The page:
Frequently Asked Questions
What is the Innocence Project? How did it get started?
Founded in 1992 by Barry C. Scheck and Peter J. Neufeld at the Benjamin N. Cardozo School of Law at Yeshiva University, the Innocence Project is a national litigation and public policy organization dedicated to exonerating wrongfully convicted individuals through DNA testing and reforming the criminal justice system to prevent future injustice.
What is the Innocence Project's relationship with the Benjamin N. Cardozo School of Law?
The Innocence Project was founded at Cardozo School of Law and housed there until becoming an independent 501(c)(3) non-profit organization in 2004. The Innocence Project is still affiliated with Cardozo School of Law. Each year law students from the school participate in Innocence Clinic, providing critical help in our efforts to exonerate the wrongly convicted.
How many innocent people are there in prison?
We will never know for sure, but the few studies that have been done estimate that between 2.3% and 5% of all prisoners in the U.S. are innocent (for context, if just 1% of all prisoners are innocent, that would mean that more than 20,000 innocent people are in prison).
How can someone ask the Innocence Project to get involved in a case?
The Innocence Project is not equipped to handle case applications or inquiries by email or over the phone. All case submissions and follow-up correspondence will be handled by mail or overnight delivery services only. Click the here for further instructions.
How do you decide who to represent?
We gather extensive information about each case application. Our intake and evaluation staff then researches each potential case thoroughly, sharing findings with our legal staff. Together, the combined teams ultimately determine whether DNA testing can be conducted, and if so, whether favorable results can prove innocence.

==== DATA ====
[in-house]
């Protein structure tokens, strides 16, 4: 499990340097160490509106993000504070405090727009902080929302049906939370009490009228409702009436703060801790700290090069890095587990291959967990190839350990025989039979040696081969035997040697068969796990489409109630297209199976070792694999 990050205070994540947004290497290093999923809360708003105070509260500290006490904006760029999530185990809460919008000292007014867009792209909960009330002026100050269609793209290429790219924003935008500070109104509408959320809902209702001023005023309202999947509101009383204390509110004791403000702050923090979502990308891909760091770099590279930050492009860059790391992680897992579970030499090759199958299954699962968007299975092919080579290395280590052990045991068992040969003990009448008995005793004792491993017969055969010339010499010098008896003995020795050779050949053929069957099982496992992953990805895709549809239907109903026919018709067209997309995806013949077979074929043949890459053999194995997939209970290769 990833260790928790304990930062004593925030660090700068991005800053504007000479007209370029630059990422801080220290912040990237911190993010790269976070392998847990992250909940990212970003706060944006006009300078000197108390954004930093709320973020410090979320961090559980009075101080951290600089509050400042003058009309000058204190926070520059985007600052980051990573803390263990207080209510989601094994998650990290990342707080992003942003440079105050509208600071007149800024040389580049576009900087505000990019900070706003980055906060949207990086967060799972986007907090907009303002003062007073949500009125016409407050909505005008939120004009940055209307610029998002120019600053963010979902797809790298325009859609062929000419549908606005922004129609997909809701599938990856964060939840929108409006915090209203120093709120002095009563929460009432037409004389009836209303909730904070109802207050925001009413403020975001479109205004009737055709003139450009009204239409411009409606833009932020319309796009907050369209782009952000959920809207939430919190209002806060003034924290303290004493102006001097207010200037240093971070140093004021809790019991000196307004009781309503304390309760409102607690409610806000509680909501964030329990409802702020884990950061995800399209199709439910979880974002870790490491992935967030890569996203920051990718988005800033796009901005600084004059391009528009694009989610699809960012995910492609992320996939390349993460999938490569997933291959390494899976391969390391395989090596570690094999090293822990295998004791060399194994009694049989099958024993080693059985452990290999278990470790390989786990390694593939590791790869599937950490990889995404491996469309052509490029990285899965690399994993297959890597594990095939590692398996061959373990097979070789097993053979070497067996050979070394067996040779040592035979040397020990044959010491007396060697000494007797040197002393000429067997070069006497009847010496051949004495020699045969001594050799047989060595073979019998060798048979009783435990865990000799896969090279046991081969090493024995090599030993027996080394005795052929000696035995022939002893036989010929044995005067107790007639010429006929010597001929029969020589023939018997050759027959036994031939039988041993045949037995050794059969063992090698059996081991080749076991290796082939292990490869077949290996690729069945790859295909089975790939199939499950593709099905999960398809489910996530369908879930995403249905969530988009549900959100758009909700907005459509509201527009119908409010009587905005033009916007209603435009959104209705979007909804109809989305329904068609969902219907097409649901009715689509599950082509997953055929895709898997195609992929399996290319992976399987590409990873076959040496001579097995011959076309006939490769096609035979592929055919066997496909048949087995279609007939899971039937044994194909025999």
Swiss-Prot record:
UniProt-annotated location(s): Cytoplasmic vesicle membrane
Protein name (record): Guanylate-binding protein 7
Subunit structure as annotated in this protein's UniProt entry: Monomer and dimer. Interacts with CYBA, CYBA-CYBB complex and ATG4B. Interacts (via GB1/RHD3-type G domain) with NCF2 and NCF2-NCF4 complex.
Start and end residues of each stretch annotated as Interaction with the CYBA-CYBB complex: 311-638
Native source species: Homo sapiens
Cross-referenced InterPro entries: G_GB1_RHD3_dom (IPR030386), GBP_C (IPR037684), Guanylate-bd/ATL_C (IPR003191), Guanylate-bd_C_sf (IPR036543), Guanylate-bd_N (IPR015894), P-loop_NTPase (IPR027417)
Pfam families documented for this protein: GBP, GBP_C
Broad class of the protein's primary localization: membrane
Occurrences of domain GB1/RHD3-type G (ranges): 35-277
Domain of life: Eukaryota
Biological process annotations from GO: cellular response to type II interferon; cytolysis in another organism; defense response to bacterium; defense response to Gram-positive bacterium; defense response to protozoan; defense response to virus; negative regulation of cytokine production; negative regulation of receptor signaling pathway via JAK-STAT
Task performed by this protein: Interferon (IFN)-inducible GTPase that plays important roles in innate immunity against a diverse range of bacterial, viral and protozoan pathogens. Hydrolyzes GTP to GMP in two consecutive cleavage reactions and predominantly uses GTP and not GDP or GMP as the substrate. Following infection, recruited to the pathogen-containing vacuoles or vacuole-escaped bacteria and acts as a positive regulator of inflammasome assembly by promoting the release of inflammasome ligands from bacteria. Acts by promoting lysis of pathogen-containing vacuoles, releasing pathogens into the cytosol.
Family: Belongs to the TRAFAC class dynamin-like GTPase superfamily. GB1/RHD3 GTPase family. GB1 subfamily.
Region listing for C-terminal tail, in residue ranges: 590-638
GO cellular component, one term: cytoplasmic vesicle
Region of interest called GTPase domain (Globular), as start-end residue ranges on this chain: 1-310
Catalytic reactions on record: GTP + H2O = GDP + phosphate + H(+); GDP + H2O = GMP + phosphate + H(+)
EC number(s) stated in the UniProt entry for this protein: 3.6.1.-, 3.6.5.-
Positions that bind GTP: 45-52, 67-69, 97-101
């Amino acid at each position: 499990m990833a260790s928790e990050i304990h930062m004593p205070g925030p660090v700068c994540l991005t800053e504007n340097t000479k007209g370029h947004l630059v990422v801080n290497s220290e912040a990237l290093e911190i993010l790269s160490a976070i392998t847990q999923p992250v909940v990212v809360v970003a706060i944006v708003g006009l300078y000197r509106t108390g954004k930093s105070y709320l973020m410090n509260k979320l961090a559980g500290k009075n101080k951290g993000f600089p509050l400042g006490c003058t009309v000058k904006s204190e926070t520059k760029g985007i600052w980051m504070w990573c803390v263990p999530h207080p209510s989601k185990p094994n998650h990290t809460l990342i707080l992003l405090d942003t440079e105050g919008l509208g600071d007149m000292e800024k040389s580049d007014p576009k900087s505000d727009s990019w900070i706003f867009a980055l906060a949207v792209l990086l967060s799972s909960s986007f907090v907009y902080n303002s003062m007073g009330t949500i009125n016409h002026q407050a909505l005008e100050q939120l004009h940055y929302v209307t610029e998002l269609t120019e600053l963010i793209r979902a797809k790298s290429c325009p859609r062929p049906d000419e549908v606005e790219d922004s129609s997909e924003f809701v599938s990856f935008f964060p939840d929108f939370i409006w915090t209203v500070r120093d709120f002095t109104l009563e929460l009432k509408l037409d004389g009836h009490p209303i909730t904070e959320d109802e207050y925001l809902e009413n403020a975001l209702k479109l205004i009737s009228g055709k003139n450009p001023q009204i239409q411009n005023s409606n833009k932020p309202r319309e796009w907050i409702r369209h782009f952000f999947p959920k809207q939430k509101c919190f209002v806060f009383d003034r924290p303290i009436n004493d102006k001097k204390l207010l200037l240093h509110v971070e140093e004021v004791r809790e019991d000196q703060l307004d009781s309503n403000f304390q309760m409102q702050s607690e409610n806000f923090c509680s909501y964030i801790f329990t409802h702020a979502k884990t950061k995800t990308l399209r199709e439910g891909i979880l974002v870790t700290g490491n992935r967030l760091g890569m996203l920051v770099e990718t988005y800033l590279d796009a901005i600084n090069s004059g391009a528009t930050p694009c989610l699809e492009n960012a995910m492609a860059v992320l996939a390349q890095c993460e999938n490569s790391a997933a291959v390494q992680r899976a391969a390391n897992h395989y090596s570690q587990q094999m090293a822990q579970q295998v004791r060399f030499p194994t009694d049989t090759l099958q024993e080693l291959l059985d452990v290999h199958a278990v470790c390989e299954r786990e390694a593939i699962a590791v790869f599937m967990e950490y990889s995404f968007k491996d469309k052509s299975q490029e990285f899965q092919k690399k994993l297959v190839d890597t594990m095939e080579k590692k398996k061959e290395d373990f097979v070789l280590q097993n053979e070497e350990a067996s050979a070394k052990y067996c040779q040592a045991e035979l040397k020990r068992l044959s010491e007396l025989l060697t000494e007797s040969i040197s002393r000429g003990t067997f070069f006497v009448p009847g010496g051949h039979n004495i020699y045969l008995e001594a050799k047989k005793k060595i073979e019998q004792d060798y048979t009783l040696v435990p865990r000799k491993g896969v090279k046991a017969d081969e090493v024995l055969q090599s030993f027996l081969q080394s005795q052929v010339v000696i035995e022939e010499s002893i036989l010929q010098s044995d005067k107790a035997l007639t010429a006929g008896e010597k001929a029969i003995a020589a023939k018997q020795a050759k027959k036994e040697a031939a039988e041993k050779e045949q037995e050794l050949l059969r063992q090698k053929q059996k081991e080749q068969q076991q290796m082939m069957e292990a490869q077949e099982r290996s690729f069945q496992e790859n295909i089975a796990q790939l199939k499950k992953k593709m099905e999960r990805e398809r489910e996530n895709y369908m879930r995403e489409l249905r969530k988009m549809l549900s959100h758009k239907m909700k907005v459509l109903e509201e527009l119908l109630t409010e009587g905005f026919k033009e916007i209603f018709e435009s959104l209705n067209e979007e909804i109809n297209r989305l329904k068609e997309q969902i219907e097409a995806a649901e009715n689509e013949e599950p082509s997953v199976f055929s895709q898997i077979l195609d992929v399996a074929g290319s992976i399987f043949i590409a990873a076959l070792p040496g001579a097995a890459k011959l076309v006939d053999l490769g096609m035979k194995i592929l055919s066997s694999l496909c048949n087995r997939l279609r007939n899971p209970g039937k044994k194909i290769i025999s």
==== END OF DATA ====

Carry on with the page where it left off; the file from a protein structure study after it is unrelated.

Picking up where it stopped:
In addition to our co-directors and a managing attorney, the Innocence Project has six full-time staff attorneys and nearly 300 active cases.
Every year, approximately 2,400 people write to us for the first time asking for help, and at any given time we are evaluating between 6,000 and 8,000 potential cases.
How is the Innocence Project funded?
We receive 44% of our funding from individuals, 31% from foundations, 12% from our annual benefit dinner, 3% from the Cardozo School of Law, and most of the rest from corporations. Nearly 80% of the funds we receive go directly to the Innocence Project’s programs to free and protect the innocent and to prevent wrongful convictions.
What is the relationship between the Innocence Project and other organizations doing similar work?
The Innocence Project is a founding member (along with several longtime partners) of the Innocence Network, an affiliation of independent organizations working to overturn wrongful convictions and improve the criminal justice system.
Are you affiliated with the American Innocence Project?
No, the Innocence Project is not affiliated with an organization operating under the name “American Innocence Project,” and the American Innocence Project does not have authorization to solicit funds under the Innocence Project name. If you have been contacted by this group or a similar organization, please let us know at firstname.lastname@example.org.
Where can I go for help if Innocence Project can't take my case?
Find the Innocence Network organization in the state where the crime occurred, and they may be able to assist incarcerated people with post-conviction litigation claims for free, here.